“In the spring, at the end of the day, you should smell like dirt” ~ Margaret Atwood
As plants start to grow, it’s time to sync into the rhythm of the seasons and set up a gardening routine. We call it maintenance, but we’re not merely maintaining the garden—we’re working to help it flourish. Those quiet hours of weeding and watering are what so many beginners and expert gardeners look forward to. But everyone can still use a few gardening tips to help cut down on the work!
A weed is any plant in the garden that you didn’t intend to grow. They serve an important role in the natural landscape—preventing erosion and creating conditions for more plants to take root. But left unchecked in the garden, they outcompete the plants we want. For many beginners and experts alike, weeding is a relaxing job to enjoy the outdoors, but for others, it’s a tedious chore to minimize at all costs. No matter your approach, here a few gardening tips to help you weed!
Plant densely: Everyone loves the look of a full garden, and it’s always nice to maximize your growing space while minimizing areas for weeds to grow. By planting densely, you can create this effect, but don’t go too dense or you’ll stress the plants and cultivate conditions for pests. Just find that sweet spot, so your soil is full of garden plants with limited space for weeds to invade.
Use a garden hoe: Some weeds, especially when they’re still seedlings, can be scraped away with a garden hoe. It’s an easy way to keep your vegetable rows tidy, but it doesn’t remove weeds that regrow from the roots.
Get to the root of the problem: Dandelions, thistles, grass, and other weeds can regrow from the root. You can chop away the leaves all you want, but they’ll rebound in short order. When weeding these plants, use a weeder, trowel, spade, or garden fork to dig out all of the roots.
Mulch the soil: A layer of mulch on the soil blocks sunlight to germinating weeds and prevents other seeds from growing on top. Many beginners and green thumbs mulch both vegetable gardens and flower beds, as you’ll learn below.
Eat them: You may not have intended to grow it, but when a gift shows up in your garden, why not use it? Not all weeds are edible, but some are worthy of your salad bowl, like dandelion, lambsquarters, and purslane. Be double-sure to research and identify them correctly, and never eat a plant that’s been sprayed with pesticides.
Gardening Tips on Mulch
Mulch helps the plants retain moisture, cuts down on weeding, and, if it’s organic, brings nutrients into the soil. Mulch also comes in various colors and styles, allowing you to customize your garden style. Here are some gardening tips to get mulch working for you!
Mulch for flower beds: Both beginner and advanced gardeners use wood chips and bark mulch around their flower beds, shrubs, and trees. The mulch gives the garden a beautiful, cohesive appearance and feeds the soil as it breaks down slowly.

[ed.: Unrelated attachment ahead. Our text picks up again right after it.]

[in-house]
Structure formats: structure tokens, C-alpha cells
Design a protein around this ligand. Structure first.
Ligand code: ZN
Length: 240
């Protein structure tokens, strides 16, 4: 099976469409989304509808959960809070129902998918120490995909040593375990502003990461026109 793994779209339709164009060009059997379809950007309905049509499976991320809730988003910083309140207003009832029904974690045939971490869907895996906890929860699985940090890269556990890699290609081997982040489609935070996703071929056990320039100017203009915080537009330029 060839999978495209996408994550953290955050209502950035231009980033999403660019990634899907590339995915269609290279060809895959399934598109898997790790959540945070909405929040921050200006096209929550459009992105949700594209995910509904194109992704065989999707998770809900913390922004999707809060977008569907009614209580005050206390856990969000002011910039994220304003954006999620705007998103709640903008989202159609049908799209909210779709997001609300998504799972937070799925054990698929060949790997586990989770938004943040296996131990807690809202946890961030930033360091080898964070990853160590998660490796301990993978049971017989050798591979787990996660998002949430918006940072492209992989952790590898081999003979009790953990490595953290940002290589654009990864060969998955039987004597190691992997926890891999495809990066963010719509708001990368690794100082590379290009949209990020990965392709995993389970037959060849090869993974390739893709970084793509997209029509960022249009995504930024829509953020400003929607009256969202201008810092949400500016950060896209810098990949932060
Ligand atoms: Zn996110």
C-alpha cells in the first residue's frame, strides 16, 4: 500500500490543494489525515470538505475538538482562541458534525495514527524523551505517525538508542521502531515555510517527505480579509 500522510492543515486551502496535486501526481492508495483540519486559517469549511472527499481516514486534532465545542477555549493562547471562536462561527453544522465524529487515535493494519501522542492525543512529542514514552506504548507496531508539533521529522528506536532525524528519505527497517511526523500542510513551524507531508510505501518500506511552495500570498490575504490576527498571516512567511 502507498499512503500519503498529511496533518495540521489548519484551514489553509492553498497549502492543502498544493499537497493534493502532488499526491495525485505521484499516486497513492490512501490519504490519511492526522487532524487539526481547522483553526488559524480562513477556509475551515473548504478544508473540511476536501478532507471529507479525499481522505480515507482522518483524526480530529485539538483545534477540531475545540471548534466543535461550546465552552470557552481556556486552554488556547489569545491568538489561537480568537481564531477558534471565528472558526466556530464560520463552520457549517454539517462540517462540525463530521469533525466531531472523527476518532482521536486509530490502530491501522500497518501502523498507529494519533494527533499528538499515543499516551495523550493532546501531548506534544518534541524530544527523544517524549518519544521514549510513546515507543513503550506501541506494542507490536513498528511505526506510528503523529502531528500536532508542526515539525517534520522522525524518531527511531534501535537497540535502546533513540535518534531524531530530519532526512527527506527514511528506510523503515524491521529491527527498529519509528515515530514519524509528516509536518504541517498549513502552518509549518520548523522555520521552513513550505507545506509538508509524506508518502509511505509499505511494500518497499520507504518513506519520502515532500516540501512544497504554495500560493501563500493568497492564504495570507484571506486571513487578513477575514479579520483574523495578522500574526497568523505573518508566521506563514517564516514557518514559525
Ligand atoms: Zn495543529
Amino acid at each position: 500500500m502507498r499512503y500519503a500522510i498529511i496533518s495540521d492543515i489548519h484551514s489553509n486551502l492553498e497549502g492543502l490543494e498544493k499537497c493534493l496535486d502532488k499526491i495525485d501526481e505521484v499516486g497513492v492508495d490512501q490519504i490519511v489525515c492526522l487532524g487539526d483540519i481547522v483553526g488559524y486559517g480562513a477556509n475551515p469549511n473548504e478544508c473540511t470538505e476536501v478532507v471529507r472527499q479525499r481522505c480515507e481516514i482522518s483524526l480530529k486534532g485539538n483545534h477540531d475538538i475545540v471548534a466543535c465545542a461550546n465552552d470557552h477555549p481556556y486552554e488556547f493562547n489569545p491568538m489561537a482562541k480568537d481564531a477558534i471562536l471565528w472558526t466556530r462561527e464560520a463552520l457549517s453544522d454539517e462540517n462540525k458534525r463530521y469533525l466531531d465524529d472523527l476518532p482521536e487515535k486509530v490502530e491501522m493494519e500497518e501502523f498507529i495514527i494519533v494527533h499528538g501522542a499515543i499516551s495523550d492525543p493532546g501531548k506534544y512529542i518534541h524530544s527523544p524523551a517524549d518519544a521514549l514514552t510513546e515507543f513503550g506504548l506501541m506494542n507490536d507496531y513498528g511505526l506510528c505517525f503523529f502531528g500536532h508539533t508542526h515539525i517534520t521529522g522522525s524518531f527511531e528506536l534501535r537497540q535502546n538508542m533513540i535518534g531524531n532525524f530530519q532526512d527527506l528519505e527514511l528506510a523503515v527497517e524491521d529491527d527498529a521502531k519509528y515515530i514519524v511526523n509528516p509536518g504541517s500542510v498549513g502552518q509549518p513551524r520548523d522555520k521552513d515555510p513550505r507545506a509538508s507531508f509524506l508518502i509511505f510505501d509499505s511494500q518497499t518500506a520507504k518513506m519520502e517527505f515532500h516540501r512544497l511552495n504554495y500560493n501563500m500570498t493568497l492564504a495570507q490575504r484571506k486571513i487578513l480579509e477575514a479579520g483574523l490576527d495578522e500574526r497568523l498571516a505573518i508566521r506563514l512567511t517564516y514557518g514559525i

Mulch for a vegetable garden: Wood chips and bark mulch can get in the way of seeds sprouting, and they’re not easily turned into the soil at the end of the year. But wood chips still work around large, moisture-loving plants like tomatoes or peppers. In other parts of the veggie plot, it’s best to use a mulch that decomposes faster, like straw, grass clippings, leaves, or sawdust.
Gardening Tips on Watering
Watering is arguably the most important maintenance task throughout the season. Each plant has its own needs. At the beginning of the season, you can group plants with similar needs together to make watering easier. Soaker hoses or setting the sprinkler on a timer are easy ways to make watering more manageable. For more gardening tips on this subject, dive into our blog on the best watering practices for beginners!
Tips on Fertilizing the Garden Mid-Season
If you add compost or manure in the spring or fall, your soil fertility will be set for the whole season, and you usually won’t need to fertilize. However, some heavy feeders do benefit from extra compost or organic fertilizer as they grow. You can spread or “side-dress” (compost around the base of the plant), and the good stuff will slowly percolate down to the roots.
Dig into our article on soil fertility for more beginner gardening tips on the topic!
While maintenance is often a daunting word, it’s all the small weeding and watering that gives birth to a flourishing garden.
Gardening Tips for Pest Prevention
Besides weeds, we also have to watch for unwanted insects and fungi. And just like weeding, it’s much easier to take care of the problem when it’s small. Prune off infected plant matter as soon as you see it. If the infestation persists, take measures to solve the problem before the bugs spread to other plants. The gardening experts at our nurseries would be happy to identify pests and give tips for solutions!
While maintenance is often a daunting word, it’s all the small weeding and watering that gives birth to a flourishing garden. And it’s the hours outside in the garden that become the most cherished part of the summer, whether you’re just a beginner or seasoned grower.
Platt Hill Nursery is Chicago’s premier garden center and nursery.